Bulamu’s Vision and Partners

Bulamu’s vision is for the poor to have access to equitable, high-quality healthcare through better management systems and data. Our programs are designed to contribute possible solutions for the most common obstacles facing the poor in accessing healthcare not only in Uganda, but in many other countries.

Three key insights drive our work:

1. In many countries, clinical staff and facilities are already on the ground. While both can be further developed, often staffed health facilities already exist and need to be managed and supported better to improve the health outcomes of their work. Uganda’s Ministry of Health includes 3,200 health facilities in a country about the size of the U.S. state of Oregon.

Uganda’s health facilities are close to the poor, and generally well-trained staff are already at work in these facilities. This represents an opportunity to drive better care for the poor by ensuring that these staff work with an appropriate management system.

2. Most of Uganda’s health facilities have little to no management systems support.

Facilities and staff need Standard Operating Procedures for how they treat patients, so that they can provide consistently high quality care. Taking vital signs and organizing patient records by name, for example, have been common in the U.S. for more than 50 years but are often not widely implemented in low-income countries.

Providing clear and consistent management systems goes beyond what staff should do and includes the support that staff should expect from their health system. Patient treatment forms, essential medicines and supplies, and operating rooms should all be in stock or online, without downtime due to bottlenecks that must be identified and resolved.

For most bottlenecks facing patients in their search for quality healthcare, management systems are a key part of the opportunity to drive low-cost, high-impact health systems strengthening for the poor. While African health systems often have little to no management systems in place, their absence represents a tremendous opportunity to drive positive change in healthcare for the poor.

3. Data is missing, unused, out of date – or all three

Bulamu’s Health Center Excellence program addresses the need for more timely, relevant, and actionable data to support continuous improvement in health systems for the poor. We have designed a weekly dashboard that collects 57 Key Performance Indicators, on a wide range of systemic measures that MOH, District, and facility leaders have never had access to before. Data from these KPIs are graphed weekly and monthly through Tableau, returning timely graphic management reports on the health system to its leaders so they can take action as needed. Instead of sending data to the Ministry of Health, that in turn sends the data to the WHO, and never returning the data to local leaders in a form they can use, Bulamu’s management reports system represents a dramatic change in how systemic data can be used to improve health systems for the poor. (No individual patient data is recorded in our system.)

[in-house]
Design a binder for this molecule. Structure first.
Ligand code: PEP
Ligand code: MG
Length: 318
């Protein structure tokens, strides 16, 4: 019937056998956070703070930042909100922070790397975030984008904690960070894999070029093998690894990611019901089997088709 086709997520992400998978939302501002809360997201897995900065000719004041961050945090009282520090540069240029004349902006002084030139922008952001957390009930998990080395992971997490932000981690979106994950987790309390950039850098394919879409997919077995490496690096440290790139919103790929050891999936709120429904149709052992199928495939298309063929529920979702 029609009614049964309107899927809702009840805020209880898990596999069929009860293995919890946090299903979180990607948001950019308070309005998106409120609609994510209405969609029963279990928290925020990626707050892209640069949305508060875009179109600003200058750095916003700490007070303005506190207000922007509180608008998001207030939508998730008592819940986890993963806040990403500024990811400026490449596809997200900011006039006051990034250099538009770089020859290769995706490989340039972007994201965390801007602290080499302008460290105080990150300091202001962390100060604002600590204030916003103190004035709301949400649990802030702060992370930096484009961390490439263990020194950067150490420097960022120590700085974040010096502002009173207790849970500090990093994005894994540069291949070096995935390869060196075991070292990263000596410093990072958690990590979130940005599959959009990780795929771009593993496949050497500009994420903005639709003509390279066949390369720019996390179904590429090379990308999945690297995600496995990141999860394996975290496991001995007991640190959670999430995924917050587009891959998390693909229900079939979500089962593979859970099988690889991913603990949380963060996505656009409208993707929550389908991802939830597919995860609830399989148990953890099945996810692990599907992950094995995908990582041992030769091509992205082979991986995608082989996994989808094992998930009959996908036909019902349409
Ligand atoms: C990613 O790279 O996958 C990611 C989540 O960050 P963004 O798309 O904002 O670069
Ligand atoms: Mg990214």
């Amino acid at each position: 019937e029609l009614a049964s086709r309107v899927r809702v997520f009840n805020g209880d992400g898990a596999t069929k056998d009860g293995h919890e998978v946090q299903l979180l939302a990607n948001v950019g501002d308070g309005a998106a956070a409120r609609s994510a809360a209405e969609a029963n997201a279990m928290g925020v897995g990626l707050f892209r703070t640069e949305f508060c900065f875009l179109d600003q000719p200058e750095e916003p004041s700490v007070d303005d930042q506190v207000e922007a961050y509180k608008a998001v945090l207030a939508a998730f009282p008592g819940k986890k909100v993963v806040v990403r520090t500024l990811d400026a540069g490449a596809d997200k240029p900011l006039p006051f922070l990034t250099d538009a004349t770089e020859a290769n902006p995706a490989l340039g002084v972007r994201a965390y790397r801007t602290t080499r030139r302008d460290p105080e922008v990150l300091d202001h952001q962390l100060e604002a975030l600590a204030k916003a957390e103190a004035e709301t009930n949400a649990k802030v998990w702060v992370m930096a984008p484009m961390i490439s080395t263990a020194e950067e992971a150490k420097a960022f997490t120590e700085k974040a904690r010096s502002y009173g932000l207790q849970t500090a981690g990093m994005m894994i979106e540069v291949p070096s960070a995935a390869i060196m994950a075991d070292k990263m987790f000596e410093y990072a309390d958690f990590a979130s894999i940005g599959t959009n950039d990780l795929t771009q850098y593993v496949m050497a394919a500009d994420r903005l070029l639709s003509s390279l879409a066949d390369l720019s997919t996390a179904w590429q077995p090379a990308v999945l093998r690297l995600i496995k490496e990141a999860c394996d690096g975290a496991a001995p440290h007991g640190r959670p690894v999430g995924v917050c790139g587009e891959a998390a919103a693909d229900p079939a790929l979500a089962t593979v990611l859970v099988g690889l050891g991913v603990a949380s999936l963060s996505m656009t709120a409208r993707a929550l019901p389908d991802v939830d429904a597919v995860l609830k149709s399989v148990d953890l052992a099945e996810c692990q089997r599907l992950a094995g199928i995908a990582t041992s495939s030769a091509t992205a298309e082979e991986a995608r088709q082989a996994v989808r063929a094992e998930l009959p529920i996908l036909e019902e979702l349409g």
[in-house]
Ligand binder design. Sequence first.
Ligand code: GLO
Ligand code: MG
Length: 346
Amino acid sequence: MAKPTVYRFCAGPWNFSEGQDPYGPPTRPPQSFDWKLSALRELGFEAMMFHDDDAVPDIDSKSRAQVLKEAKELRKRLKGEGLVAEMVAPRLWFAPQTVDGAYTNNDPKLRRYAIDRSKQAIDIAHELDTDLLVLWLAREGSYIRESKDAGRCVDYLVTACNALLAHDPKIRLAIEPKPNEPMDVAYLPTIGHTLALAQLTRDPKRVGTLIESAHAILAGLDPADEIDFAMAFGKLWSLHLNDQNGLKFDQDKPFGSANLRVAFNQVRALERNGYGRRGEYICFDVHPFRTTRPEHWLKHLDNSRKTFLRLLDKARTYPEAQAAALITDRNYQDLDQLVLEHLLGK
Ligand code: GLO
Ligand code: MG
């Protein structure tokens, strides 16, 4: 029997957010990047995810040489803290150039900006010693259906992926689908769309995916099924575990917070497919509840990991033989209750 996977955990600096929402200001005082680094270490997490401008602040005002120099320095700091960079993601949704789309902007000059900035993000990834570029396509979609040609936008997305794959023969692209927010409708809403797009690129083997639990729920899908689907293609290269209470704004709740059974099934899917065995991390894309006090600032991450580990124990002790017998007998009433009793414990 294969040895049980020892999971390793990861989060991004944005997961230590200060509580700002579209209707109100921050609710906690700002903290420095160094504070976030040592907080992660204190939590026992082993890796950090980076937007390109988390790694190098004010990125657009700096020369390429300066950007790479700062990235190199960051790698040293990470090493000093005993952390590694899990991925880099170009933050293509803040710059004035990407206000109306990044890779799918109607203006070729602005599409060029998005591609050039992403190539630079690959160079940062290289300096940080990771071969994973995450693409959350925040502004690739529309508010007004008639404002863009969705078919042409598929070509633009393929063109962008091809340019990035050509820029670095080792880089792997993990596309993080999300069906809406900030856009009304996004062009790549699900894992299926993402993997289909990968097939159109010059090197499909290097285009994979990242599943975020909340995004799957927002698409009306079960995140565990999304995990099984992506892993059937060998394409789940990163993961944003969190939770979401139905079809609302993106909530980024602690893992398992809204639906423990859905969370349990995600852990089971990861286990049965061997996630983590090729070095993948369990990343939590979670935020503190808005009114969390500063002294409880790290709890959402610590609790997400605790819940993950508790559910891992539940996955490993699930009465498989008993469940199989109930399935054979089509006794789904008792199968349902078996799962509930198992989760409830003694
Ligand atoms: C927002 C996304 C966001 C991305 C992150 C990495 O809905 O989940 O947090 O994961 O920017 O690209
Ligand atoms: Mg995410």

Our KPI dashboard that produces graphic management reports. This weekly dashboard adds up in 4 and 5-week cycles in order to produce an identical monthly dashboard and reports.

Our Partners:

The Ministry of Health of Uganda

The Association of Surgeons of Uganda is Bulamu’s lead partner for our surgery programs, along with the MOH and district governments where the programs take place.

Local District Governments of Uganda:

  1. Amuru
  2. Budaka
  3. Bunyangabu
  4. Gulu
  5. Kakumiro
  6. Kyegegwa
  7. Mayuge
  8. Namutumba
  9. Isingiro
  10. Sheema
  11. Wakiso

Rotary International – Rotary Clubs in Uganda and the U.S. have partnered with Bulamu to provide funds and training for equipment to take patients’ vital signs to 125 health facilities. Once fully installed, these health facilities will treat approximately 1 million Ugandan patients per year, at a cost per patient of $0.10 per year, using this equipment to provide standard of care services to their patients.

EMERGENCY offers free, high-quality medical and surgical treatment to the victims of war, landmines and poverty.